A Mid-September Saturday

September 17, 2022 – Lowville

I was joined on Saturday by some of our young volunteers: Sam, Aliya, Liam, and Maggie. I haven’t seem them since the spring, so I got to hear all about the awesome adventures they had over the summer; mostly birding adventures, which are of course the best kind.
We ended up banding 22 birds for the day, and although it was a slower day, we had fantastic diversity. Of the 22 banded, we caught 17 species! I personally really love this time of year because while we may not catch large numbers, we do tend to get great diversity. We also have the time to discuss plumage characteristics and aging in a little more detail on days like this. There was one tense moment when Maggie came running back from net 0, which is very close to the station, anxiously telling us how a Sharp-shinned Hawk was in the net but as she ran to the net to close the pocket to secure the hawk, it managed to flap and free itself before she could get there. The young volunteers were all very disappointed that we so narrowly missed catching this hawk. Hopefully next time we’ll get lucky and it will stay in the net. Unfortunately because we are targeting songbirds and not hawks, the nets we use aren’t very good at catching them (the mesh is too small). For this reason, any hawk that hits the nets is more likely than not to escape. We did however, catch some lovely songbirds. I’d think we’d all likely agree that the highlight of the day was this gorgeous male Mourning Warbler..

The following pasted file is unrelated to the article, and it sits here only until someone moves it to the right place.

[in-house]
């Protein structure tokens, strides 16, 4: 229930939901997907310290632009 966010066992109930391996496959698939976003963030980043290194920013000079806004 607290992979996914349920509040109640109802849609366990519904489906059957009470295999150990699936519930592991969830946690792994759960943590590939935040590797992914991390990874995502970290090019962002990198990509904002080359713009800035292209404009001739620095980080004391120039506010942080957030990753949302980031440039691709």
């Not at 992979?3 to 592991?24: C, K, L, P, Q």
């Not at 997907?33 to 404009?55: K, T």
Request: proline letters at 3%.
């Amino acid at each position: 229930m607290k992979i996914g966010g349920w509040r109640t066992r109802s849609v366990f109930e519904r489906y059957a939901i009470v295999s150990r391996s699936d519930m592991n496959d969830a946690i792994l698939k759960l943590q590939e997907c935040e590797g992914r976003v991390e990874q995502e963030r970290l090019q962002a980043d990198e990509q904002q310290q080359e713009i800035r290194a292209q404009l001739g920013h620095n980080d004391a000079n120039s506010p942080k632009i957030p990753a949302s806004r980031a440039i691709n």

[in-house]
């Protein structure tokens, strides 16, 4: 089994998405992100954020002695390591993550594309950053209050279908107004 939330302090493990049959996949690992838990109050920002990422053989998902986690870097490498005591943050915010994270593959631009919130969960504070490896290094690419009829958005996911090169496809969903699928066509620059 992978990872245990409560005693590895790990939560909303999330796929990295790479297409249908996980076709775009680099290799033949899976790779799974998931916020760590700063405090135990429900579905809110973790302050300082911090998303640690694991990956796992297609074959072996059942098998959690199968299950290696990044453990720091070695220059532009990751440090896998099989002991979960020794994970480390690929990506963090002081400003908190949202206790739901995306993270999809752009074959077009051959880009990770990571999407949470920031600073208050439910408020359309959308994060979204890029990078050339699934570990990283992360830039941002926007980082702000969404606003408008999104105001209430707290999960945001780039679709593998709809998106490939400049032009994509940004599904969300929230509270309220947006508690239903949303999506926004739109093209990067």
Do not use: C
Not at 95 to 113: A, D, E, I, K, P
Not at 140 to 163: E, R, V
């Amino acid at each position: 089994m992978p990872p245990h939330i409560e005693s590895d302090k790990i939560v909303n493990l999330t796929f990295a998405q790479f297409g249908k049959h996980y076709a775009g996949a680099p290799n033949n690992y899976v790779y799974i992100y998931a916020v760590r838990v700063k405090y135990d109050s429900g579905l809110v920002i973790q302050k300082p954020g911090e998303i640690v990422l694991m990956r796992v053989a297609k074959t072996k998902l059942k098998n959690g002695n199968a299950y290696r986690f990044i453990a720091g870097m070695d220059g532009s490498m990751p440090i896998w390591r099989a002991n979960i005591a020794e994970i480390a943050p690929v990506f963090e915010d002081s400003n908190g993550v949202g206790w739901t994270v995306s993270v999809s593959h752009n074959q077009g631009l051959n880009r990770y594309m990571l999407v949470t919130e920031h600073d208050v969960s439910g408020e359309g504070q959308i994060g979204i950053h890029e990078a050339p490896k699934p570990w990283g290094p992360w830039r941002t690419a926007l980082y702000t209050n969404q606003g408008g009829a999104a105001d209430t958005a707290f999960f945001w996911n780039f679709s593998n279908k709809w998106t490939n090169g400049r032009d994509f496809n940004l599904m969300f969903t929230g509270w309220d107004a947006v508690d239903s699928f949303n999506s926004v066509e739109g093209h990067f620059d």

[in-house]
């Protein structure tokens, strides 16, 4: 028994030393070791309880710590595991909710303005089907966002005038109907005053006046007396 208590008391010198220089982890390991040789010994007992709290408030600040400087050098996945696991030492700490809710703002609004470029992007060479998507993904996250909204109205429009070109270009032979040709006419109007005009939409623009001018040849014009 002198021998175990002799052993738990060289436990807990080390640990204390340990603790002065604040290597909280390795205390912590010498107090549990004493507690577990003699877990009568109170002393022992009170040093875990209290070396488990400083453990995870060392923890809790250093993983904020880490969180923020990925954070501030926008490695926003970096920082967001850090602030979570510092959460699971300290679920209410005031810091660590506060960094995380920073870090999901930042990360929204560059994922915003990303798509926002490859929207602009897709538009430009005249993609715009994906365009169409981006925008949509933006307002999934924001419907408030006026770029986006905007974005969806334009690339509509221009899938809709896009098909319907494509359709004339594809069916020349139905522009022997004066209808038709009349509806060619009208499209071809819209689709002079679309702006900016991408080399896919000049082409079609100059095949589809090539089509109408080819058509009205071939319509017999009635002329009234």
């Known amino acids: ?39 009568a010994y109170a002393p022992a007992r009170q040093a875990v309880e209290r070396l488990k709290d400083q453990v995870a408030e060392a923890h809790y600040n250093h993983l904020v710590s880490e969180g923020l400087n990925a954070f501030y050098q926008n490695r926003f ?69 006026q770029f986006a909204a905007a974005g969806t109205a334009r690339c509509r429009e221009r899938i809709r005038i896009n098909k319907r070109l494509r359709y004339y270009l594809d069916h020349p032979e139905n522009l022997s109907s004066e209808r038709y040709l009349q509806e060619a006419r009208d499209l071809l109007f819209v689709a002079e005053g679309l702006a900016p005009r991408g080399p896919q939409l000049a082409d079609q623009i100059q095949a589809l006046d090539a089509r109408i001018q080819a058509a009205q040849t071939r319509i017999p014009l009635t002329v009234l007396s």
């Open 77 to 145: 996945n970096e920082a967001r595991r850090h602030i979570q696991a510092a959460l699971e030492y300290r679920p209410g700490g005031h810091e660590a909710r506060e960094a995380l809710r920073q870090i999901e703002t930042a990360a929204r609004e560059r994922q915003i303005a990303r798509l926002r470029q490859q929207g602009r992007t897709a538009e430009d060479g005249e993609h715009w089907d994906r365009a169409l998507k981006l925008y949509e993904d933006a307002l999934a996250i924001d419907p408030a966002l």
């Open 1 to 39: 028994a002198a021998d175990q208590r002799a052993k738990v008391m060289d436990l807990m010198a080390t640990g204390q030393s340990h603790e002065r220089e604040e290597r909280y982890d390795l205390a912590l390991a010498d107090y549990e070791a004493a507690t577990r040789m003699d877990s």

Mourning Warbler

Mourning Warblers are closely related to the elusive Connecticut Warbler. Their behaviour can also be skulky and secretive, similar to Connecticut Warblers. However, they aren’t as elusive or difficult to observe as CONWs.


We caught two thrush species at the same time and managed to take this shot showing two species side-by-side.

Swainson’s Thrush on left and Gray-cheeked Thrush on the right – notice how the GCTH has plain look to the face (almost totally lacking an eyering) which is one of the characteristics you want to look for to identify them in the field

Chestnut-sided Warbler – one of our warblers that looks quite different in fall vs. spring

Yellow-bellied Flycatcher – this species is an early season migrant, and it’s starting to get late for them. This could possibly be the last one we see until spring.

Rose-breasted Grosbeak – Liam decided it was worth risking the painful bite of this grosbeak to get this lovely photo 🙂

1 White-breasted Nuthatch
2 Black-capped Chickadee
1 Carolina Wren
1 Gray Catbird
3 Swainson’s Thrush
1 Gray-cheeked Thrush
1 Least Flycatcher
1 Yellow-bellied Flycatcher
2 Red-eyed Vireo
1 Magnolia Warbler
1 Nashville Warbler
1 Chestnut-sided Warbler
1 Mourning Warbler
2 Common Yellowthroat
1 Song Sparrow
1 American Goldfinch
1 Rose-breasted Grosbeak

3 Black-capped Chickadee
1 Tennessee Warbler
2 Common Yellowthroat
2 Gray Catbird
1 Song Sparrow

TOTAL: 31 (22 banded, 9 recaps)


It was great to get to band with some of our young volunteers, and we ended up having a really nice day of banding.


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